Hillary Clinton and Bernie Sanders and the other candidates took on gun control, Benghazi and other big issues at the first Democratic presidential debate of the 2016 race. Here are the highlights. (Sarah Parnass/The Washington Post)

The Democrats on stage in Tuesday night's primary debate have traded barbs over guns, banking regulation and college tuition. You might forget that the candidates on stage agree about the major issues, including the economic ones. They believe that in order for most Americans to enjoy improving standards of living, the government has to intervene in the economy, redistributing wealth and reining in what they see as the excesses of the free market.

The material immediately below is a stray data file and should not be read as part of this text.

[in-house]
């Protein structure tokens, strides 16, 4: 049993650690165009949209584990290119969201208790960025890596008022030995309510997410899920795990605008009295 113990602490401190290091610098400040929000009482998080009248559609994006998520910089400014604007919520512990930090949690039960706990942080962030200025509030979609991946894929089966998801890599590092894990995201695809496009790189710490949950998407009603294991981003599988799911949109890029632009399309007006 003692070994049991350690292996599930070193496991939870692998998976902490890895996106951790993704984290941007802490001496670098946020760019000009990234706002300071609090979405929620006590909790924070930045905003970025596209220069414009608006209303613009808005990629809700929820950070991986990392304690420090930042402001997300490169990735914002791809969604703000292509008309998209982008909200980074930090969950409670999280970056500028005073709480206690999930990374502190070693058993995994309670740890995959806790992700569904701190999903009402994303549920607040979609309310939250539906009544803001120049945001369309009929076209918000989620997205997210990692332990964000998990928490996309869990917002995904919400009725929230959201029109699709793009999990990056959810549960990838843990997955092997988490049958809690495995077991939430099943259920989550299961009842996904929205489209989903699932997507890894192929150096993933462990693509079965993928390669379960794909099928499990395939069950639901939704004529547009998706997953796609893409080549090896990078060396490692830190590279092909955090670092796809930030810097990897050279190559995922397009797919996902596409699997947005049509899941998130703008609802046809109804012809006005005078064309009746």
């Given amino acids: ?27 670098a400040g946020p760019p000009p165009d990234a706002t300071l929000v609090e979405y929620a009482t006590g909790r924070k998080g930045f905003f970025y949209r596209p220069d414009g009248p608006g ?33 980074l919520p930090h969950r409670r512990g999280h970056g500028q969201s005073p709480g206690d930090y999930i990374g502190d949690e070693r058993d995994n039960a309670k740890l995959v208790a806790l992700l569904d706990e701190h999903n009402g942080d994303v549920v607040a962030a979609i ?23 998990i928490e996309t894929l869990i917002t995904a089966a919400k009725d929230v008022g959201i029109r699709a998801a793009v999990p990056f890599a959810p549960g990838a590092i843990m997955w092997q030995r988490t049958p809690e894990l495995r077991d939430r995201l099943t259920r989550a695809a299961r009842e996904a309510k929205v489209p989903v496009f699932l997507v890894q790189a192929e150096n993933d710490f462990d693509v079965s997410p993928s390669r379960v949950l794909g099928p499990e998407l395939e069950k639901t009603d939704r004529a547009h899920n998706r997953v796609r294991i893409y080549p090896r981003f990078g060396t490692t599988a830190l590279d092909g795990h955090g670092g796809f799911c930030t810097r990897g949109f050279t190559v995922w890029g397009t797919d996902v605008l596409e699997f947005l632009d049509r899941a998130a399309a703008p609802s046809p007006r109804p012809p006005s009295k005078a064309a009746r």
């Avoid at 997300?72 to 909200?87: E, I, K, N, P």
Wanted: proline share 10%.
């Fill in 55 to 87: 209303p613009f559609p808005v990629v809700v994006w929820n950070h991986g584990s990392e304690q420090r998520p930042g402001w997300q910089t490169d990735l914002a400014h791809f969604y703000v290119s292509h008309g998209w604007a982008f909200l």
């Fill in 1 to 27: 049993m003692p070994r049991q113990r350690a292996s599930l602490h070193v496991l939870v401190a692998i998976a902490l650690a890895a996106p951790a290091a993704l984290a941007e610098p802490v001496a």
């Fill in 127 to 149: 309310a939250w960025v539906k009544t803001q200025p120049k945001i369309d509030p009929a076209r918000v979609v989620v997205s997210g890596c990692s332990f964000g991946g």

Since the Second World War, the economy has done better when Democrats are in the White House, a point that Hillary Rodham Clinton made in response to a question from CNN's Anderson Cooper.

"The economy does better when you have a Democrat in the White House and that's why we need to have a Democrat in the White House in January 2017," the former secretary of state said.

The average rate of economic growth under Democratic presidents since the Truman administration has been 4.4 percent, compared to 2.5 percent under Republicans. The economy has performed better on other measures under Democratic presidents, too. Industrial production, unemployment and returns on the stock market have all been worse when a Republican occupies the Oval Office.

It is unclear, though, whether Democrats' approach to the economy is responsible for this impressive record, or whether they just got lucky. All kinds of factors affect the economy that are beyond the president's control -- wars, oil shortages and the decisions of the Federal Reserve.